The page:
The voice of Christopher Hitchens

The incomparable Christopher Hitchens published a piece last spring in Vanity Fair about what it means to have a voice. Hitchens has cancer, and one of the effects has been a weakening of his vocal abilities.

Most despond-inducing and alarming of all, so far, was the moment when my voice suddenly rose to a childish (or perhaps piglet-like) piping squeak. It then began to register all over the place, from a gruff and husky whisper to a papery, plaintive bleat. And at times it threatened, and now threatens daily, to disappear altogether.

For those of us who have been lifted by his voice to euphoric, and of course godless, realms, this is a great loss. For though I can imagine many worlds greater than this, a world without an intoning Hitchens is not a world anyone should have to live in.

Hitchens recounts the time when he learned, as it were, to write properly. He had a professor (old story), and that professor told him (new story) “to write more like the way you talk.” I can imagine Hitchens – who I’m sure has never shown even the slightest twitch of timidity – being torn between rewarding self-satisfaction and unbearable shame. Was the professor simply complimenting his spoken diction, or actually lambasting his prose (aic) skills?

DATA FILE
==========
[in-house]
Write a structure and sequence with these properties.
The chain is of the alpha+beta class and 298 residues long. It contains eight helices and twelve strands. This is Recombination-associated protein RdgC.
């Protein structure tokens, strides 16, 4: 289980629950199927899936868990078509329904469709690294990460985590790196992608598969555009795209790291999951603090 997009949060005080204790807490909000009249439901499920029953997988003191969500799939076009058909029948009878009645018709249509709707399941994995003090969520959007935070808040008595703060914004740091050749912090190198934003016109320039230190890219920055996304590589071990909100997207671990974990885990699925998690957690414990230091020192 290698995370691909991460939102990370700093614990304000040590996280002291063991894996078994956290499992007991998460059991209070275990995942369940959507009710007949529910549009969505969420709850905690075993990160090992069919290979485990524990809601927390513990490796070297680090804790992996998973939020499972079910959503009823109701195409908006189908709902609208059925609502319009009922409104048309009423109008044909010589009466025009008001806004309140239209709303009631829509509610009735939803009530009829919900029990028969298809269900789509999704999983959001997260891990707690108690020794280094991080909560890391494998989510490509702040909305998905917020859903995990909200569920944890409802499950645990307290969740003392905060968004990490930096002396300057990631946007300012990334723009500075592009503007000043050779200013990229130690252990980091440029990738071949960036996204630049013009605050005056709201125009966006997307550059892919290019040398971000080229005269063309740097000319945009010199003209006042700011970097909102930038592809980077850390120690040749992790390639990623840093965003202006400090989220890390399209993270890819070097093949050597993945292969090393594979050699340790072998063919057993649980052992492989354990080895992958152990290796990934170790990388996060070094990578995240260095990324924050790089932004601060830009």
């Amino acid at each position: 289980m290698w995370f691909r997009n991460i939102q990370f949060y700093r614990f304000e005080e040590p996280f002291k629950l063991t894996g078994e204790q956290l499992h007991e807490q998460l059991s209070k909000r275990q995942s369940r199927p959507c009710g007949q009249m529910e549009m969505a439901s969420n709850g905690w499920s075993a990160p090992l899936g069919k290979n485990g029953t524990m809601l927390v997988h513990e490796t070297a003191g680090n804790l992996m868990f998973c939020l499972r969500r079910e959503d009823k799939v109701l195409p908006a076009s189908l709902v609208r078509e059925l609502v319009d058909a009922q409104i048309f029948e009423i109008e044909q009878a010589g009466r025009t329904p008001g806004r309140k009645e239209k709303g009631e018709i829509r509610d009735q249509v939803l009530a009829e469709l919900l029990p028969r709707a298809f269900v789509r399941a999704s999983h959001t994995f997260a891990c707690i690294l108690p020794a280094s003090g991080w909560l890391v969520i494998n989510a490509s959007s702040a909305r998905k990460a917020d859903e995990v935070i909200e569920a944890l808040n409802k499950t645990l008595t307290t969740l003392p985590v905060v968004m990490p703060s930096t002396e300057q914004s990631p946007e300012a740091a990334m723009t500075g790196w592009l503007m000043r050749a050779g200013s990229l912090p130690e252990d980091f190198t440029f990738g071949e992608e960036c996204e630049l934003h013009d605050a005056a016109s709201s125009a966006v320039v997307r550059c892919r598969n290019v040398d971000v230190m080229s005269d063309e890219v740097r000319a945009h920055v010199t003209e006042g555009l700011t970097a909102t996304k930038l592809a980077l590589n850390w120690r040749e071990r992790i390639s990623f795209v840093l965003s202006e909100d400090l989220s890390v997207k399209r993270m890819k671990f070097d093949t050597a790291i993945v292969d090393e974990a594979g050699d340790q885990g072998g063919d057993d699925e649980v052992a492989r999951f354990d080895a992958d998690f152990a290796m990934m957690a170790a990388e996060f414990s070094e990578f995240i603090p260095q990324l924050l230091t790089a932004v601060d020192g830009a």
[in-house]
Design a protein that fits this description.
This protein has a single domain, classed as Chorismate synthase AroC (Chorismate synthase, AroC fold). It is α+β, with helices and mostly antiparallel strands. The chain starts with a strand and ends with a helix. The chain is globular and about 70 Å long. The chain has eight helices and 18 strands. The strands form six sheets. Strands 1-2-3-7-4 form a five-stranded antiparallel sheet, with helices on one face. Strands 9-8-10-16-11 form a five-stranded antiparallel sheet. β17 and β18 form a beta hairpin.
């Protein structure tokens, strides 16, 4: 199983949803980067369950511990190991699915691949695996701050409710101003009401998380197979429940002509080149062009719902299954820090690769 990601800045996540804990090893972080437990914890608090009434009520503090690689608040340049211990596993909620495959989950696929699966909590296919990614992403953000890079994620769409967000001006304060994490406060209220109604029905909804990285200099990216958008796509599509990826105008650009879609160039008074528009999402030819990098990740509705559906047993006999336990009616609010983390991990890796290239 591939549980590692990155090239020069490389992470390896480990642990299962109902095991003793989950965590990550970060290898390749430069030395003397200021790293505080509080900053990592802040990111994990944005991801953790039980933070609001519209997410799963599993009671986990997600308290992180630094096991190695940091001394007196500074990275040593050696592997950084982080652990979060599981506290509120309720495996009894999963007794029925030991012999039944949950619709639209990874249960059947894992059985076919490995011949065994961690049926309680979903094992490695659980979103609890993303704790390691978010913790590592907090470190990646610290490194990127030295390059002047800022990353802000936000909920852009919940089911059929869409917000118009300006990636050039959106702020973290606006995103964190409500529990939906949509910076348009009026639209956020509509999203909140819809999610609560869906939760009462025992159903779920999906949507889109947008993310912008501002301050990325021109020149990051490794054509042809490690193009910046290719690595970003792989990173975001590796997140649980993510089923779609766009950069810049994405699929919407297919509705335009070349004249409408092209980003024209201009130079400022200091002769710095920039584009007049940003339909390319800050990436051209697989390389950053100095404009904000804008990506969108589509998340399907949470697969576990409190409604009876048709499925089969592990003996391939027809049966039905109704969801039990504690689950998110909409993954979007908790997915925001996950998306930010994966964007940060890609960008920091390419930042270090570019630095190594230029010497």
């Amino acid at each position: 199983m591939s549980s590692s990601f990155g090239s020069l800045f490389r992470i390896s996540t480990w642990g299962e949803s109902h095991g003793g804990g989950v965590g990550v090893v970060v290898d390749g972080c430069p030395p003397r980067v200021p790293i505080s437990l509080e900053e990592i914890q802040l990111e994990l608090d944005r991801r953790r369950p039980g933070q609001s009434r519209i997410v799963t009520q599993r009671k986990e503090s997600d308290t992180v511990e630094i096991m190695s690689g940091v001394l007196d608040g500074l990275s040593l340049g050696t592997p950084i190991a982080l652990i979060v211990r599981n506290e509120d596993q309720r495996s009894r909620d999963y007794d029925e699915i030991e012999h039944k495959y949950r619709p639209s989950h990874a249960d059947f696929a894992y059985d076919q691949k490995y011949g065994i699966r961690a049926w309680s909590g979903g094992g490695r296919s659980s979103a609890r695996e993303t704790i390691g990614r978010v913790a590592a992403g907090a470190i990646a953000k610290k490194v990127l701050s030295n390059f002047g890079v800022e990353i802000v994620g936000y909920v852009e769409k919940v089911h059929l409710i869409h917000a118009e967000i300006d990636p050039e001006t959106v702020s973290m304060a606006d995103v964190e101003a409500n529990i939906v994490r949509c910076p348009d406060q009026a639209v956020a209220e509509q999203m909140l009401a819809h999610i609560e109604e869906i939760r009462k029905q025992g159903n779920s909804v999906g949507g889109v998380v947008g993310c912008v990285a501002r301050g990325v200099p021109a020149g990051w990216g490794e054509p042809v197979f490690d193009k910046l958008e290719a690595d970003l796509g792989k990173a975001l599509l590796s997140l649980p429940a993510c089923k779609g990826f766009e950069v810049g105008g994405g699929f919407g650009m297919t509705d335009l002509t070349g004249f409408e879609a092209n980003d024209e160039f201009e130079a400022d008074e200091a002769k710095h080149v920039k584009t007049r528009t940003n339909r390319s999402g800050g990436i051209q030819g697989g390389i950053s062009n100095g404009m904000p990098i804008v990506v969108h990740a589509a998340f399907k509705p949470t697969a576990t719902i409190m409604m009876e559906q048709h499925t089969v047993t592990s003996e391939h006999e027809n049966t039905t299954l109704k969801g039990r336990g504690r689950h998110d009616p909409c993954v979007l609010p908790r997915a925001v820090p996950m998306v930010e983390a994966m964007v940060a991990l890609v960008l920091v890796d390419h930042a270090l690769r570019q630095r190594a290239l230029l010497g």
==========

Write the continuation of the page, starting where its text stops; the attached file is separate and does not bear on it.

Having read a bit of Hitchens, however, it’s pretty easy to tell he heeded the advice. He is one of those rare intellectuals capable of combining, in both his prose and his speech, the ponds of the mundane with the seas of the ecstatic. Just check out this sentence:

All the rituals and etiquette of conversation, from clearing the throat in preparation for the telling of an extremely long and taxing joke to (in younger days) trying to make my proposals more persuasive as I sank the tone by a strategic octave of shame, were innate and essential to me.

Basically the essay examines the intersection of physical and authorial voices. For Hitchens, an actual voice is something like the condition for the possibility of displaying a written voice. Or at least a written voice worth reading. Oral traditions gave rise to written ones and symposia became classrooms. He even postulates that there likely has never been a great piece of writing produced by someone who didn’t have the ability to speak, or, at least, didn’t once have the ability.

It is an important lesson for us all, and one that I struggle with applying every day. Too often intellectualism and intelligence is conflated with the production of obscure academese. Great powers of old, such as Hegel, viewed abstruseness as a virtue, in that it demand rigorous textual engagement on the part of the reader. But this need not be the case. Obscurity is neither a necessary and certainly not a sufficient condition for producing good work.

Do not be mistaken. I am not making an appeal for anti-intellectualism. Rigorous confrontations with words and ideas ought to be extolled. It’s just that intelligence also requires a certain amount of intelligibility. Like most things, moderation is the key, so somewhere between Hemingway and Derrida should do just fine.

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